A question I get a lot at church is that of how studying theology has impacted my testimony. Sometimes people make comments along the lines of how studying the beliefs of others must be quite faith-promoting, with an apparent assumption that the musings of non-LDS religious thinkers are likely so self-evidently ridiculous or confusing that they could only result in my having a greater appreciation for the simple clarity of the restored gospel. Others wonder, by contrast, whether engaging religion academically might be dangerous, might undermine my belief in the LDS church. I am not comfortable, however, with either of these paradigms. What I study has in fact profoundly influenced my faith, but in complex ways.
My first semester of theological work, I was positively giddy, to the point where I would see the word “theology” in my email inbox and find a silly grin on my face. It wasn’t quite real to me that I was actually getting to engage this subject full time. Though I’d dabbled a bit in theology as part of my previous studies, I’d never actually taken a class in the subject, and it was all new and exciting and amazing.
But it wasn’t long before I found myself in a bit of a religious crisis. It didn’t arise so much from the content of what I was studying, but rather from the very fact that I found what I’d heard glibly dismissed as “apostate teachings” or “philosophies of men” to be so tremendously rich. In addition, I found myself in a community where religion played a central role; unsurprisingly, my fellow students and I talked more or less constantly about the subject. Mormonism came up quite frequently in these conversations, and I was quite candid about my views on things, and particularly about the aspects of the Church I’ve found difficult. Yet at the back of my mind, I was haunted by the missionary paradigm, by the stories I’d heard all my life about people who had seen these kinds of situations as opportunities to convert others. I did not feel that I could share a sort of traditional faith-promoting narrative without undermining any authenticity in my relationships. Nor did I feel confident that my fellow students, who were deeply committed to their own religious traditions, would necessarily be better off as Latter-day Saints. But I still felt guilt for not following the script in my head of how I thought a Mormon was supposed to talk about the Church.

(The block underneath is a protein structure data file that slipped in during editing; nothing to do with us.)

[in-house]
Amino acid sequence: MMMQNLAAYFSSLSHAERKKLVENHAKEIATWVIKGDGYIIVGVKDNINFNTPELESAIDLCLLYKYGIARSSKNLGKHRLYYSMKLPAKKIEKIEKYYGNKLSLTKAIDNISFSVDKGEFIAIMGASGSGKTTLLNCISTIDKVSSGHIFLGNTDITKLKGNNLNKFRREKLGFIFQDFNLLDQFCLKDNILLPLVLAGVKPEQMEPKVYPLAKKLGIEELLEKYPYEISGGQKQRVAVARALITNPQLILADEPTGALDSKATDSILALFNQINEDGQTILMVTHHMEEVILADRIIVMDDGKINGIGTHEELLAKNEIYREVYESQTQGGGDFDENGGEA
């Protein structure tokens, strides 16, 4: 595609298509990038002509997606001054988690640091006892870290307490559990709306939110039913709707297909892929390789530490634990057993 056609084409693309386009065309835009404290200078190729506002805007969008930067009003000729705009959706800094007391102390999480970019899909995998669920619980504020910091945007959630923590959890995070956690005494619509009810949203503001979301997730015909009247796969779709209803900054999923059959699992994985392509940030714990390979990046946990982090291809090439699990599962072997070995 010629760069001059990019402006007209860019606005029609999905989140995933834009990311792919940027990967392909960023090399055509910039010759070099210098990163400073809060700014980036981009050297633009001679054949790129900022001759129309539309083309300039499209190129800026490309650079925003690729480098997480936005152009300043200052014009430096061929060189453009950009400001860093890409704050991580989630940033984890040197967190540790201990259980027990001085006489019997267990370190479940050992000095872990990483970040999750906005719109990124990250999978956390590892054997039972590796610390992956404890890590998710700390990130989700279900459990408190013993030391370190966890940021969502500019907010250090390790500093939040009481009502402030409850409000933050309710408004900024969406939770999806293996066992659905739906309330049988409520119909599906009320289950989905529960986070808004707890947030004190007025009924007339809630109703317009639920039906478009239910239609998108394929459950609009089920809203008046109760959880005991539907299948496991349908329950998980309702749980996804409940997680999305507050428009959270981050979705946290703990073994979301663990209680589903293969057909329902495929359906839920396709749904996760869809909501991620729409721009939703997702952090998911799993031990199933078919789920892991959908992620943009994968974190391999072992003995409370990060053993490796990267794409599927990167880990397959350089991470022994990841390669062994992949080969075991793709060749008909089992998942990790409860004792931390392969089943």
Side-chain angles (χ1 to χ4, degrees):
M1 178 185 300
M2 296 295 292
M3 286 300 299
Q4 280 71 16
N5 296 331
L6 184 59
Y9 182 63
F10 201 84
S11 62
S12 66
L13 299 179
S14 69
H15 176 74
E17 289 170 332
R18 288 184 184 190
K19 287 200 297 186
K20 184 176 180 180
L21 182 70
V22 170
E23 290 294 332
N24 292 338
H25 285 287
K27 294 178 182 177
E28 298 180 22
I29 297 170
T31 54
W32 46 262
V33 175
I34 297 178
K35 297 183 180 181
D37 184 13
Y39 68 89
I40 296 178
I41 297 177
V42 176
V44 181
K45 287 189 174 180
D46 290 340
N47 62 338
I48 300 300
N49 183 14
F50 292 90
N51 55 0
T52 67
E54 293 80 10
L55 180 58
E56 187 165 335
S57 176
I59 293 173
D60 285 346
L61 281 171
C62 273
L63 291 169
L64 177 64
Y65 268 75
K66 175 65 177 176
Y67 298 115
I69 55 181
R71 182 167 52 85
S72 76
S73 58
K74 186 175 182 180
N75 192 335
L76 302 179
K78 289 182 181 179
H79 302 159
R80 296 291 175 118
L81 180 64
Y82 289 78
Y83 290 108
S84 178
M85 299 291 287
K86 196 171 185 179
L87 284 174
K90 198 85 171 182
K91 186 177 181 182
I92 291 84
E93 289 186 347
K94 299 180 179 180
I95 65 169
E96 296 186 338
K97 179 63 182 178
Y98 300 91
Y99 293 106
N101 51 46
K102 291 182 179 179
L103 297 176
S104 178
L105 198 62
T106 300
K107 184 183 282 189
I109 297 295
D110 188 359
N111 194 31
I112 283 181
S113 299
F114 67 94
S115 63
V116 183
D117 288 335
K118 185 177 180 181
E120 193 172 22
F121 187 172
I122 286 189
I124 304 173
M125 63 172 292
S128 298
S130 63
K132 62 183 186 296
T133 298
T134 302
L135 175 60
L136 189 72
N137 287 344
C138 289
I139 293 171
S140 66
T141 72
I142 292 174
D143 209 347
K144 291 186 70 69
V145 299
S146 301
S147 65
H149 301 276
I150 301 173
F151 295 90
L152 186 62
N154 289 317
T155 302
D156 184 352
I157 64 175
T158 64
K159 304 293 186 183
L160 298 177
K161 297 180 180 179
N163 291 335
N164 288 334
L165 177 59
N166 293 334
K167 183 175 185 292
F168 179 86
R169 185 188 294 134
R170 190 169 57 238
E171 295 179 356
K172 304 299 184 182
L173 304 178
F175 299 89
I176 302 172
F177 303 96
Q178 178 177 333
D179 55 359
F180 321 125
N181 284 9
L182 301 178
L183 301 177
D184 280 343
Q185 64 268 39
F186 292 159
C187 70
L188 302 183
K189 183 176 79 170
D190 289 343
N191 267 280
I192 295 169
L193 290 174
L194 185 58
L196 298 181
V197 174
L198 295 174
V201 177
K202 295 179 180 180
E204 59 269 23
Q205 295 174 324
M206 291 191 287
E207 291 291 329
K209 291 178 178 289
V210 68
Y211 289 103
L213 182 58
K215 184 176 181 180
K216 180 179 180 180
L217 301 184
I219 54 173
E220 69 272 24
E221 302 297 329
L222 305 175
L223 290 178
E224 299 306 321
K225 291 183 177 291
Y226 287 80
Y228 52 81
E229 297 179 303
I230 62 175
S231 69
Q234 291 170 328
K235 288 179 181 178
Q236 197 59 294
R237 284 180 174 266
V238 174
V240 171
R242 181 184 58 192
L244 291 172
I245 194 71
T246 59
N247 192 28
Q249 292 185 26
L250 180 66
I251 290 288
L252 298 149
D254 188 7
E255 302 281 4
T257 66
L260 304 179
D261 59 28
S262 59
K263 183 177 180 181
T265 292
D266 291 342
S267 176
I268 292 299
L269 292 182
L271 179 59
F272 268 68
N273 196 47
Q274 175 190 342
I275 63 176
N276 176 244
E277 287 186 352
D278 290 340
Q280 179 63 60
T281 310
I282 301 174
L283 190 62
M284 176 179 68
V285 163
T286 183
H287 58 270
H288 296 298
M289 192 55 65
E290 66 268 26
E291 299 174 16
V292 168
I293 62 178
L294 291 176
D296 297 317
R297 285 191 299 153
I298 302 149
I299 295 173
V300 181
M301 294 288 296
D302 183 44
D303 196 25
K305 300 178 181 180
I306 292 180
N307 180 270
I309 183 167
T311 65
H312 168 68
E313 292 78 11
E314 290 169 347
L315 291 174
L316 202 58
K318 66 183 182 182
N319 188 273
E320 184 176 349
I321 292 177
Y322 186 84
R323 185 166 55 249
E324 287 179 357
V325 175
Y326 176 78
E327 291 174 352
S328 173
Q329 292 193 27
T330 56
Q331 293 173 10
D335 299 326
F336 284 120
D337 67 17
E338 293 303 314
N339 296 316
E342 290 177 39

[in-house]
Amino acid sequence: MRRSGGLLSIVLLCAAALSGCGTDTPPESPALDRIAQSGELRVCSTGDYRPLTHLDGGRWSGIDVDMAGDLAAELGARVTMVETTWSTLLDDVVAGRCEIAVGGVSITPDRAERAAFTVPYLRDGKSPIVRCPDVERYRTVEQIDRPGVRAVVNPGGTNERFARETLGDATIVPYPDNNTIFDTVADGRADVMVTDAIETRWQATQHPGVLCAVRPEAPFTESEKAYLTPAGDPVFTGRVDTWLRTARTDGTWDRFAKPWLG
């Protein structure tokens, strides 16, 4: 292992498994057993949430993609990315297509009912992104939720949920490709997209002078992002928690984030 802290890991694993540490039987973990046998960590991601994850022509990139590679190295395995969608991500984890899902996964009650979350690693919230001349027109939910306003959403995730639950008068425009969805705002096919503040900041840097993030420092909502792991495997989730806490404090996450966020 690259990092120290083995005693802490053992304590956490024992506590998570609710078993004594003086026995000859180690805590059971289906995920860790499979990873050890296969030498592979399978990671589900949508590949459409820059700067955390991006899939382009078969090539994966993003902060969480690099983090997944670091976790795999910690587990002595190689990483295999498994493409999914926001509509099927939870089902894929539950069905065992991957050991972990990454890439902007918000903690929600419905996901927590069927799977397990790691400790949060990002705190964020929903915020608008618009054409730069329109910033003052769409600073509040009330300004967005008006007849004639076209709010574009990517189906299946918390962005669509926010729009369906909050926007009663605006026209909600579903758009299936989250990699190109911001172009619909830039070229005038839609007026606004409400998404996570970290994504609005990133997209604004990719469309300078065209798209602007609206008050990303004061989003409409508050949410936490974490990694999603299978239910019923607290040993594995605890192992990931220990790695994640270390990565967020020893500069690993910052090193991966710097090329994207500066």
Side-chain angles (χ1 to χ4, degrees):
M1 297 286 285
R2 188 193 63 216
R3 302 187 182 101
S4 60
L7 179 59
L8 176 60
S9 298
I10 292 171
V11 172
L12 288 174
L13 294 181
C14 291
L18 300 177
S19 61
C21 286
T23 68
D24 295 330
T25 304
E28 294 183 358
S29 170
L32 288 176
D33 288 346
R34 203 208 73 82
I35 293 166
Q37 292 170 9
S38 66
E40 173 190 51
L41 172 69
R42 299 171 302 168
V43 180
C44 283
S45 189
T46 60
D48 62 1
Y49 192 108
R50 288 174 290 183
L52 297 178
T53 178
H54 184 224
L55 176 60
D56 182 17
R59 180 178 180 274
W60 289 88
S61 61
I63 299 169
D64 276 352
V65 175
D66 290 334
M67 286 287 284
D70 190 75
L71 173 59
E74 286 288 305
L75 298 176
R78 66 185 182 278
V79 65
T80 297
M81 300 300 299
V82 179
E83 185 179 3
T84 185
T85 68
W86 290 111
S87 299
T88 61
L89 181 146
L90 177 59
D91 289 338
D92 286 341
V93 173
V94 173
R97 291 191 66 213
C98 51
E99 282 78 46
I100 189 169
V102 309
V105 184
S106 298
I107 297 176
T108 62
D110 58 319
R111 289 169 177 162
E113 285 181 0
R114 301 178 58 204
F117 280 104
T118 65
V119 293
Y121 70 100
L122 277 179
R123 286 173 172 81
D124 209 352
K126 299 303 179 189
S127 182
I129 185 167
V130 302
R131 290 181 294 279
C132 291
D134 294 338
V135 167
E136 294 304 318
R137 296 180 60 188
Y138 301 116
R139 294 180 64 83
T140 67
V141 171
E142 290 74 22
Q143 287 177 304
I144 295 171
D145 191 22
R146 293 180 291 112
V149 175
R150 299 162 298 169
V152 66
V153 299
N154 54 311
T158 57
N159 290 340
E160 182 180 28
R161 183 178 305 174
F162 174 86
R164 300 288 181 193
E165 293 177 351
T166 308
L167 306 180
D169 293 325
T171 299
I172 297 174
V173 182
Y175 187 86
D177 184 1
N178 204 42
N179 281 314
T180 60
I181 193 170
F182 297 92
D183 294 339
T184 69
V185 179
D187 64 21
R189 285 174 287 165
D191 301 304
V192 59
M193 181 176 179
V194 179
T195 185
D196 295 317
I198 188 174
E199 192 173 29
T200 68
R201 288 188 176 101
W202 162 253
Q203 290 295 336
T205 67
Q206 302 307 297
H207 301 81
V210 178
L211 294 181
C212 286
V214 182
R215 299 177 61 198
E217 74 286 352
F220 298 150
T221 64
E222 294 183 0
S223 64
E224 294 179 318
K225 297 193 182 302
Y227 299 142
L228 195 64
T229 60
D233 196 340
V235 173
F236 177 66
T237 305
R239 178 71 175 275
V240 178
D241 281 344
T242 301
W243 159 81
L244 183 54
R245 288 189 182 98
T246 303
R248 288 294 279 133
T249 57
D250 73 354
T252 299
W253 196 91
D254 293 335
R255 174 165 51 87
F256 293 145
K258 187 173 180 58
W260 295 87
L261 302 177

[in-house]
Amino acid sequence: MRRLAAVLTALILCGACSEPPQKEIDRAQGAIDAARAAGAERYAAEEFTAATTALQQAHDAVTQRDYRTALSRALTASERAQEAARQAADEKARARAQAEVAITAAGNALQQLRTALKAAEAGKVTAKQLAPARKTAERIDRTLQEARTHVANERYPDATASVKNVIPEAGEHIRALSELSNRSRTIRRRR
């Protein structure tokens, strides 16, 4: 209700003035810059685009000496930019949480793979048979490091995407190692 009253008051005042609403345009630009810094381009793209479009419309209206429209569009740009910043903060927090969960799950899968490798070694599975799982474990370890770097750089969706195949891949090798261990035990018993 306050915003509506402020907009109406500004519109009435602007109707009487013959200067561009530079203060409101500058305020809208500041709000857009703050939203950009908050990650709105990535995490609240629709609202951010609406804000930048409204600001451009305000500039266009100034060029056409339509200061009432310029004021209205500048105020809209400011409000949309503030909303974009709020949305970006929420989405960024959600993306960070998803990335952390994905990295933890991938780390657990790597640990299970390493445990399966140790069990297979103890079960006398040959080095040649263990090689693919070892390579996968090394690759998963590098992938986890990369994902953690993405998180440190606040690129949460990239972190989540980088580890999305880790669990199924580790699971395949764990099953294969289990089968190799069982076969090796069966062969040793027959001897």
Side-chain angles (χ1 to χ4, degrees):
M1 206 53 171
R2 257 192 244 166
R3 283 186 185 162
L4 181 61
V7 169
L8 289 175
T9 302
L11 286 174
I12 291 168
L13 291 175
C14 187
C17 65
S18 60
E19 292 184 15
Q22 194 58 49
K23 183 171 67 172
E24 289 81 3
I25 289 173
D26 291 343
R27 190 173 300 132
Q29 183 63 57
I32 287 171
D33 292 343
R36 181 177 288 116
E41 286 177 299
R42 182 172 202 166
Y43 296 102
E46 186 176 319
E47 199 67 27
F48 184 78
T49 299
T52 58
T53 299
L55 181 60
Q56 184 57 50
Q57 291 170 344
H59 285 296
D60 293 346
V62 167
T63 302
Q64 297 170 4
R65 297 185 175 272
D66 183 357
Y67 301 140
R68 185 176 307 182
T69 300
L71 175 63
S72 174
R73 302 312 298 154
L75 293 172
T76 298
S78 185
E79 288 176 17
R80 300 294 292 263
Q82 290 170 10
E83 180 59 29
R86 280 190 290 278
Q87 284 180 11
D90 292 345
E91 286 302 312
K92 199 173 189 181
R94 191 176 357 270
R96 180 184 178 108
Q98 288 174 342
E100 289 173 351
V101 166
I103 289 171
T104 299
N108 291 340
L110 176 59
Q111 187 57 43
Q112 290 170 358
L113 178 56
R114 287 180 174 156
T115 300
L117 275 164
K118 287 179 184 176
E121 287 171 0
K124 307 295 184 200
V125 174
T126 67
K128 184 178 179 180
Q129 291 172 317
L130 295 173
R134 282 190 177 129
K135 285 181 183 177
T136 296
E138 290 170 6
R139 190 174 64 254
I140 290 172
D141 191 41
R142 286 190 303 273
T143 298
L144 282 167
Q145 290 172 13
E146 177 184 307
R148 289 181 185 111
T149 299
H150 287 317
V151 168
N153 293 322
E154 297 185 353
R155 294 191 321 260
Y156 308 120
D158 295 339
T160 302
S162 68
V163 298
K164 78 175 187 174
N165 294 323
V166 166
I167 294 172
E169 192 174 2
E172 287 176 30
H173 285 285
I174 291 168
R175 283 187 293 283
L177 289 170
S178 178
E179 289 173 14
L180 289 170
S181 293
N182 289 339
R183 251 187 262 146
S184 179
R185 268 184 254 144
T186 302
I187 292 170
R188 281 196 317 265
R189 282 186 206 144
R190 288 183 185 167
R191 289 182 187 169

My conflicted feelings about the matter only intensified when I took a class on Jewish-Christian relations, in which we discussed at great length the problem of proselytizing, and how approaching people as potential converts in need of the truth makes it difficult to engage in genuine interfaith dialogue. I found myself lying awake at night wrestling with some core religious questions related to the exclusivist truth claims of the Church. This was the beginning of my obsession with the problem of religious pluralism, which is an issue I have found arising again and again in my academic work. I don’t have quite the same level of emotional angst about the subject that I did when I first got into this field, but I still find the question immensely compelling. That has been one of the major ways in which I see my studies as having impacted my personal religious beliefs—though I have not completely rejected LDS exclusivity claims, I am still working to make sense of them, and I have strong pluralist leanings.
Another way in which my academic work has caused me to seriously re-examine some aspects of my faith has to do with my understanding of and relationship with God. I grew up believing in a God of wrath, one who was constantly angry with me because I couldn’t stop sinning. Because I was raised LDS, this picture was closely intertwined with my LDS faith, which meant that I found it profoundly difficult to trust God in a Mormon context. Reading what those of other faiths had to say about God was therefore immensely liberating; their ways of talking were often unfamiliar enough that they didn’t trigger the emotional baggage that, for me, inevitably accompanied more familiar LDS discourse. It was in studying the work of the great Christian theologians that I encountered a rather different God than the one of my childhood, that I began to take seriously the possibility of a God who was patient and loving rather than tyrannical. In this way, working in theology has literally been a spiritual lifesaver for me, as I have found that encountering grace in the context of other traditions has enabled me to come back to my own and find it there as well.
I think that studying Christian theology has strengthened my belief both in God and in the power of the Christian message. Some days I do wonder, however, if it has made me less Mormon. There’s no question that my engagement with Protestant and Catholic thinkers has shaped my outlook on various theological issues; for example, in recent years I’ve become quite drawn to the doctrine of the Trinity, especially as it’s been articulated by contemporary theologians. On the other hand, there have also been moments when working in this field has made me acutely aware of my own Mormonness, such as when I realize I’m the one person in a seminar who’s not assuming ex nihilo creation.
I am still working out what it means to be a Latter-day Saint who studies traditional Christian theology. I have moments when I think that navigating between these worlds is simply making me crazy. Yet I remain deeply attached to both of them, and I believe–or at least hope–that despite the tensions which sometimes arise, the two contribute to each other, that my Mormon background brings something valuable to my theological work, and my academic studies enrich my LDS faith.